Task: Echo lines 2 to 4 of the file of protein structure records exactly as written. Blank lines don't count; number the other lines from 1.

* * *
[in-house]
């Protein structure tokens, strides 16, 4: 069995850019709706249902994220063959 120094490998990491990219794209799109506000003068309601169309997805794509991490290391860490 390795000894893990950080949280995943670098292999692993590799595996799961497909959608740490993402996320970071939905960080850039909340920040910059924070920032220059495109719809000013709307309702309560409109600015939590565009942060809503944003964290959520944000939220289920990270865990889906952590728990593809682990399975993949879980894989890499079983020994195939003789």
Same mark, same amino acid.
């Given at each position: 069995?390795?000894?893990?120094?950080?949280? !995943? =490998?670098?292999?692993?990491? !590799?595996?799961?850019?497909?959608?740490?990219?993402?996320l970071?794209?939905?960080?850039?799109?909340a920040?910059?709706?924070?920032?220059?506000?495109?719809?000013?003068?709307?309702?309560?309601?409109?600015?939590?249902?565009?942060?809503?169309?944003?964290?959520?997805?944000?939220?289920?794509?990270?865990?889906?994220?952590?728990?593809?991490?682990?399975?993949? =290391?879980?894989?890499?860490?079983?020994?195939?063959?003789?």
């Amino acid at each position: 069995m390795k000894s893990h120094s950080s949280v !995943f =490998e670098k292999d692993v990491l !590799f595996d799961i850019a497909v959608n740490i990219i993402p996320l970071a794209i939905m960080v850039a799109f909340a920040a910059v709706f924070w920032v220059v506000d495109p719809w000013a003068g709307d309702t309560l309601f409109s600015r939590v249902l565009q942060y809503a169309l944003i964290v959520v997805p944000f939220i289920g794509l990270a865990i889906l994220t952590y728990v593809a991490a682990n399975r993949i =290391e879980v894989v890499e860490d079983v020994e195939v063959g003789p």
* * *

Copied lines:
């Protein structure tokens, strides 16, 4: 069995850019709706249902994220063959 120094490998990491990219794209799109506000003068309601169309997805794509991490290391860490 390795000894893990950080949280995943670098292999692993590799595996799961497909959608740490993402996320970071939905960080850039909340920040910059924070920032220059495109719809000013709307309702309560409109600015939590565009942060809503944003964290959520944000939220289920990270865990889906952590728990593809682990399975993949879980894989890499079983020994195939003789």
Same mark, same amino acid.
């Given at each position: 069995?390795?000894?893990?120094?950080?949280? !995943? =490998?670098?292999?692993?990491? !590799?595996?799961?850019?497909?959608?740490?990219?993402?996320l970071?794209?939905?960080?850039?799109?909340a920040?910059?709706?924070?920032?220059?506000?495109?719809?000013?003068?709307?309702?309560?309601?409109?600015?939590?249902?565009?942060?809503?169309?944003?964290?959520?997805?944000?939220?289920?794509?990270?865990?889906?994220?952590?728990?593809?991490?682990?399975?993949? =290391?879980?894989?890499?860490?079983?020994?195939?063959?003789?």